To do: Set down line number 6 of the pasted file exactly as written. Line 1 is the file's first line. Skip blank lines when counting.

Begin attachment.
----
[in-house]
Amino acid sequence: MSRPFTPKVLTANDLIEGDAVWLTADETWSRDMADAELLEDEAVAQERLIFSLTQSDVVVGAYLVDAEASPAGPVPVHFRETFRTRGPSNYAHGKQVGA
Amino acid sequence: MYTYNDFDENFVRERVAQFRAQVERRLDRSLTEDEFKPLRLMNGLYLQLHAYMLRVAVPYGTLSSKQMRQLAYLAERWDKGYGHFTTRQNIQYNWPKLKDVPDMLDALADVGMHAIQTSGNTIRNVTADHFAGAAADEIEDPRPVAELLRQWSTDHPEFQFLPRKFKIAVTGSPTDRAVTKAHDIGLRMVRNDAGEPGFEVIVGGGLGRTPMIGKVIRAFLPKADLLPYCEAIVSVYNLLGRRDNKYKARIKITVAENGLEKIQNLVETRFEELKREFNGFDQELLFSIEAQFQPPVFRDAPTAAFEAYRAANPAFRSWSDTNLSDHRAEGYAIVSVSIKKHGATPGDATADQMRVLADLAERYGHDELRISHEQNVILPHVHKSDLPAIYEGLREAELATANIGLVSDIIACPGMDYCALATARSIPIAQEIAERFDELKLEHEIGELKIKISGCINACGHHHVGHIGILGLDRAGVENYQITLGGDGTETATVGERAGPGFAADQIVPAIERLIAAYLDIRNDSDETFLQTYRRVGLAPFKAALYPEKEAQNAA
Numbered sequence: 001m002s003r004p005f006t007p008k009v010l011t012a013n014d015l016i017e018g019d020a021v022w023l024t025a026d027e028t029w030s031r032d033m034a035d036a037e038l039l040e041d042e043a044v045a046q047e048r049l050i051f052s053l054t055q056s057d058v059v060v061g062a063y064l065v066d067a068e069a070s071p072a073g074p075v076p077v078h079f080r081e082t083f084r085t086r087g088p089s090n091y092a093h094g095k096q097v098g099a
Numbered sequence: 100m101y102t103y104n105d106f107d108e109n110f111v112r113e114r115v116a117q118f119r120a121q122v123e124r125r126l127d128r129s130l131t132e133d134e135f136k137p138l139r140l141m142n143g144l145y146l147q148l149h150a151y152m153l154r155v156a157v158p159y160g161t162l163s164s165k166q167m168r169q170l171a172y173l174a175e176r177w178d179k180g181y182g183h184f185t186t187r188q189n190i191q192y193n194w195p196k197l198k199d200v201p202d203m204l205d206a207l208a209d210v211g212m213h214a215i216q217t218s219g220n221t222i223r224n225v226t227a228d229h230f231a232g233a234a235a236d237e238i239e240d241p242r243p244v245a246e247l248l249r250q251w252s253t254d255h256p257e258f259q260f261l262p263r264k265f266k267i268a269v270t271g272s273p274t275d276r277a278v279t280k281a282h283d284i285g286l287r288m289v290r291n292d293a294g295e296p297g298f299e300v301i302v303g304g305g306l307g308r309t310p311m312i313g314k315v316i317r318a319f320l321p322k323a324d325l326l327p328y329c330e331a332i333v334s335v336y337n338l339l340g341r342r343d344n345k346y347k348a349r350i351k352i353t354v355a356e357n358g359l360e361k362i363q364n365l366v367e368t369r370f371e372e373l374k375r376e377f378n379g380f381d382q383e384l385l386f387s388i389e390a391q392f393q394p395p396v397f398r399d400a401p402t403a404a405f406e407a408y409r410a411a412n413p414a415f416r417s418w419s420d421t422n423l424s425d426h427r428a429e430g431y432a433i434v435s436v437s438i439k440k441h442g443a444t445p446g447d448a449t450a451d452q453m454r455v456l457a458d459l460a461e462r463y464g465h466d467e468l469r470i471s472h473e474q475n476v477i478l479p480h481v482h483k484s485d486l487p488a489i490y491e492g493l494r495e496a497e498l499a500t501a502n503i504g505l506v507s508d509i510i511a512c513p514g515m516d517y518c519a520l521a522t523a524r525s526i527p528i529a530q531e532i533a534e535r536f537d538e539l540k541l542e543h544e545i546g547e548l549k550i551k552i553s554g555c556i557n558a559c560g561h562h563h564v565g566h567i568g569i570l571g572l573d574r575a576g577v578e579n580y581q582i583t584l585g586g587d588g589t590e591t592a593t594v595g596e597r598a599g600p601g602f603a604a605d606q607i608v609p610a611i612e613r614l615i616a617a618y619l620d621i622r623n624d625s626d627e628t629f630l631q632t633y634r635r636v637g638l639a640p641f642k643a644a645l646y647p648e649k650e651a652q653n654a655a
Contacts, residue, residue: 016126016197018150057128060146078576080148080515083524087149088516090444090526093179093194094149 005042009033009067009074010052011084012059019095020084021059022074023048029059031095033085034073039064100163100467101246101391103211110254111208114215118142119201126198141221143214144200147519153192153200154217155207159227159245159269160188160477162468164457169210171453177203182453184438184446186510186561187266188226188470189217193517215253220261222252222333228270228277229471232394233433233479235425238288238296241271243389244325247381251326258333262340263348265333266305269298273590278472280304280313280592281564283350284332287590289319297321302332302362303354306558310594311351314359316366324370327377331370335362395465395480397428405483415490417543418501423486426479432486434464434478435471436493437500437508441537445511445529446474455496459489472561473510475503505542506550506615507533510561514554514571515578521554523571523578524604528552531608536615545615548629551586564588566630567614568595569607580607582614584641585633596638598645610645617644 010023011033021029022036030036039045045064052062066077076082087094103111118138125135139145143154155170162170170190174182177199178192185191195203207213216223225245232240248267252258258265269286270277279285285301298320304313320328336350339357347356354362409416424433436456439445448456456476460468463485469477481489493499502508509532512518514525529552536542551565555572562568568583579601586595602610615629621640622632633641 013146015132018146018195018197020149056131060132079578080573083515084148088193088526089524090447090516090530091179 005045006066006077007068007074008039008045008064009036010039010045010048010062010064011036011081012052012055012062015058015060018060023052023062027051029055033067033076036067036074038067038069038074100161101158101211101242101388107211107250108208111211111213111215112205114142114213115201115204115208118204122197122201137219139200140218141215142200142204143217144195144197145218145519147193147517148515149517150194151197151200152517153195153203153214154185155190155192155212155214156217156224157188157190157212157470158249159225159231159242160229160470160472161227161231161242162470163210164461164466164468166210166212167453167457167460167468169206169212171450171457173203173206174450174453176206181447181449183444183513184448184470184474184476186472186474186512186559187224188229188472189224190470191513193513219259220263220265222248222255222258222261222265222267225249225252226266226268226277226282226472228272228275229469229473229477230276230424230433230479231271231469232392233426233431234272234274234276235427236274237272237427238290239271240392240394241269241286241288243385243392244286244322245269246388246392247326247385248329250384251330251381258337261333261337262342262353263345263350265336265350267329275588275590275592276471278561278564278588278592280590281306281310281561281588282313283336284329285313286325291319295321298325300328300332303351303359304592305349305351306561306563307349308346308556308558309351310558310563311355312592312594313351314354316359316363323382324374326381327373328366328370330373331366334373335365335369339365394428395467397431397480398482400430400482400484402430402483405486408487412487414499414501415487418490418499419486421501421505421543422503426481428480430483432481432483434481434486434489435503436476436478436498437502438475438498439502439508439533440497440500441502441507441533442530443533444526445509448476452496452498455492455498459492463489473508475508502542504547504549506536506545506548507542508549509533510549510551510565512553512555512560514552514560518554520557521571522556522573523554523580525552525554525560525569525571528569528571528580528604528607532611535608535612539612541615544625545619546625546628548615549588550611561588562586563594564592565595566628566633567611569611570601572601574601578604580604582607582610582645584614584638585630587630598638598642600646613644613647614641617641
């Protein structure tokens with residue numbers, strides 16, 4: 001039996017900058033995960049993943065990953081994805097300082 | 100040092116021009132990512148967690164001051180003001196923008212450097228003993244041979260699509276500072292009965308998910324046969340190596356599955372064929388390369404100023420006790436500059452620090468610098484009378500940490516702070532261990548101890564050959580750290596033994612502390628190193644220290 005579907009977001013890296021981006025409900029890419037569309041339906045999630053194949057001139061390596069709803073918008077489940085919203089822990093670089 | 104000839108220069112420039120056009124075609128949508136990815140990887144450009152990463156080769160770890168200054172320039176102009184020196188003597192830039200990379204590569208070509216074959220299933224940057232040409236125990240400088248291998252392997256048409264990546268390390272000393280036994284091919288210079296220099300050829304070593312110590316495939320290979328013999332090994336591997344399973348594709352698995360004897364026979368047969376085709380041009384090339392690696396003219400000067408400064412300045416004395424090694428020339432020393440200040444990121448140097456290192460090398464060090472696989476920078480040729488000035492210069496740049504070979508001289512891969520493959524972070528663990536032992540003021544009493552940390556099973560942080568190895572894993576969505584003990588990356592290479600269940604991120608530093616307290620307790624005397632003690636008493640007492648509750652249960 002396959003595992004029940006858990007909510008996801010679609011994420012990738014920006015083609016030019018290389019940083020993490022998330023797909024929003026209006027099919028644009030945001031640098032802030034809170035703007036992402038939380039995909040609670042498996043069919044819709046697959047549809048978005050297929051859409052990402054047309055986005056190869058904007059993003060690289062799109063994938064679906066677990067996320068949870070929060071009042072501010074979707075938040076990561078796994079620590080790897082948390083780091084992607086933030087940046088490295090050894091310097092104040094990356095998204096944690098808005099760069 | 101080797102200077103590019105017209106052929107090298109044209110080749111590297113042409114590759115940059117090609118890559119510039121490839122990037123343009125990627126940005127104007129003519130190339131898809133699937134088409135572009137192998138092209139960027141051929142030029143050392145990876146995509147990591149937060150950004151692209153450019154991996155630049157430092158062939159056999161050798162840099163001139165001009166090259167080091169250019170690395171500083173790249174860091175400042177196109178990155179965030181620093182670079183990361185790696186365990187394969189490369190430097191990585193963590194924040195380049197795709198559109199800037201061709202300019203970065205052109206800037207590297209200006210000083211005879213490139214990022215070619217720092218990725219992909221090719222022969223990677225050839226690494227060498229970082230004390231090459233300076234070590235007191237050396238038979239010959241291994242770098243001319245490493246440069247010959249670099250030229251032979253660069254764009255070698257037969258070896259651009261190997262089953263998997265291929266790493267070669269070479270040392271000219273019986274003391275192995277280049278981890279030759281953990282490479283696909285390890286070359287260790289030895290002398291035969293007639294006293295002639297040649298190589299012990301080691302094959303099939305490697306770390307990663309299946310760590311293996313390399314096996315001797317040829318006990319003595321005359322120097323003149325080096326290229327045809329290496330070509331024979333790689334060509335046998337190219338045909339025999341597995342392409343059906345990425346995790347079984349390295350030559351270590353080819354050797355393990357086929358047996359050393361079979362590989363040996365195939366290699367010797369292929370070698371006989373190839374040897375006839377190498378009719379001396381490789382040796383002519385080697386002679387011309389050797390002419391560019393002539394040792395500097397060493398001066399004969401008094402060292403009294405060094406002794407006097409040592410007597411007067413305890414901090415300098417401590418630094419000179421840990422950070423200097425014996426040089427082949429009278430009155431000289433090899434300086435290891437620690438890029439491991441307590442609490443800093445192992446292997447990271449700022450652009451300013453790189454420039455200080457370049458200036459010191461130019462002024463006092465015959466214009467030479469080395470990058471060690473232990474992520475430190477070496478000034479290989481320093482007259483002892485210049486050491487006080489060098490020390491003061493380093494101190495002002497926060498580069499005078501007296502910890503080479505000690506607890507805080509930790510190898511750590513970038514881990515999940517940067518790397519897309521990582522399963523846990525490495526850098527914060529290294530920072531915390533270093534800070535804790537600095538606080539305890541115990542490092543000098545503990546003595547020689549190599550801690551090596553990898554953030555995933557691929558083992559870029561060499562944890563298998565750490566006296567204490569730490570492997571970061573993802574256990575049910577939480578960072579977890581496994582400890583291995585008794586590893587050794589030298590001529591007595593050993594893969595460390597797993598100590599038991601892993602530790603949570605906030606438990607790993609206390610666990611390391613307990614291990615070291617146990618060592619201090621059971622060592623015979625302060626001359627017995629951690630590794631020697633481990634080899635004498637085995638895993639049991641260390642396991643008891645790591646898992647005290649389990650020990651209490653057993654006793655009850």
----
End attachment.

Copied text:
Contacts, residue, residue: 016126016197018150057128060146078576080148080515083524087149088516090444090526093179093194094149 005042009033009067009074010052011084012059019095020084021059022074023048029059031095033085034073039064100163100467101246101391103211110254111208114215118142119201126198141221143214144200147519153192153200154217155207159227159245159269160188160477162468164457169210171453177203182453184438184446186510186561187266188226188470189217193517215253220261222252222333228270228277229471232394233433233479235425238288238296241271243389244325247381251326258333262340263348265333266305269298273590278472280304280313280592281564283350284332287590289319297321302332302362303354306558310594311351314359316366324370327377331370335362395465395480397428405483415490417543418501423486426479432486434464434478435471436493437500437508441537445511445529446474455496459489472561473510475503505542506550506615507533510561514554514571515578521554523571523578524604528552531608536615545615548629551586564588566630567614568595569607580607582614584641585633596638598645610645617644 010023011033021029022036030036039045045064052062066077076082087094103111118138125135139145143154155170162170170190174182177199178192185191195203207213216223225245232240248267252258258265269286270277279285285301298320304313320328336350339357347356354362409416424433436456439445448456456476460468463485469477481489493499502508509532512518514525529552536542551565555572562568568583579601586595602610615629621640622632633641 013146015132018146018195018197020149056131060132079578080573083515084148088193088526089524090447090516090530091179 005045006066006077007068007074008039008045008064009036010039010045010048010062010064011036011081012052012055012062015058015060018060023052023062027051029055033067033076036067036074038067038069038074100161101158101211101242101388107211107250108208111211111213111215112205114142114213115201115204115208118204122197122201137219139200140218141215142200142204143217144195144197145218145519147193147517148515149517150194151197151200152517153195153203153214154185155190155192155212155214156217156224157188157190157212157470158249159225159231159242160229160470160472161227161231161242162470163210164461164466164468166210166212167453167457167460167468169206169212171450171457173203173206174450174453176206181447181449183444183513184448184470184474184476186472186474186512186559187224188229188472189224190470191513193513219259220263220265222248222255222258222261222265222267225249225252226266226268226277226282226472228272228275229469229473229477230276230424230433230479231271231469232392233426233431234272234274234276235427236274237272237427238290239271240392240394241269241286241288243385243392244286244322245269246388246392247326247385248329250384251330251381258337261333261337262342262353263345263350265336265350267329275588275590275592276471278561278564278588278592280590281306281310281561281588282313283336284329285313286325291319295321298325300328300332303351303359304592305349305351306561306563307349308346308556308558309351310558310563311355312592312594313351314354316359316363323382324374326381327373328366328370330373331366334373335365335369339365394428395467397431397480398482400430400482400484402430402483405486408487412487414499414501415487418490418499419486421501421505421543422503426481428480430483432481432483434481434486434489435503436476436478436498437502438475438498439502439508439533440497440500441502441507441533442530443533444526445509448476452496452498455492455498459492463489473508475508502542504547504549506536506545506548507542508549509533510549510551510565512553512555512560514552514560518554520557521571522556522573523554523580525552525554525560525569525571528569528571528580528604528607532611535608535612539612541615544625545619546625546628548615549588550611561588562586563594564592565595566628566633567611569611570601572601574601578604580604582607582610582645584614584638585630587630598638598642600646613644613647614641617641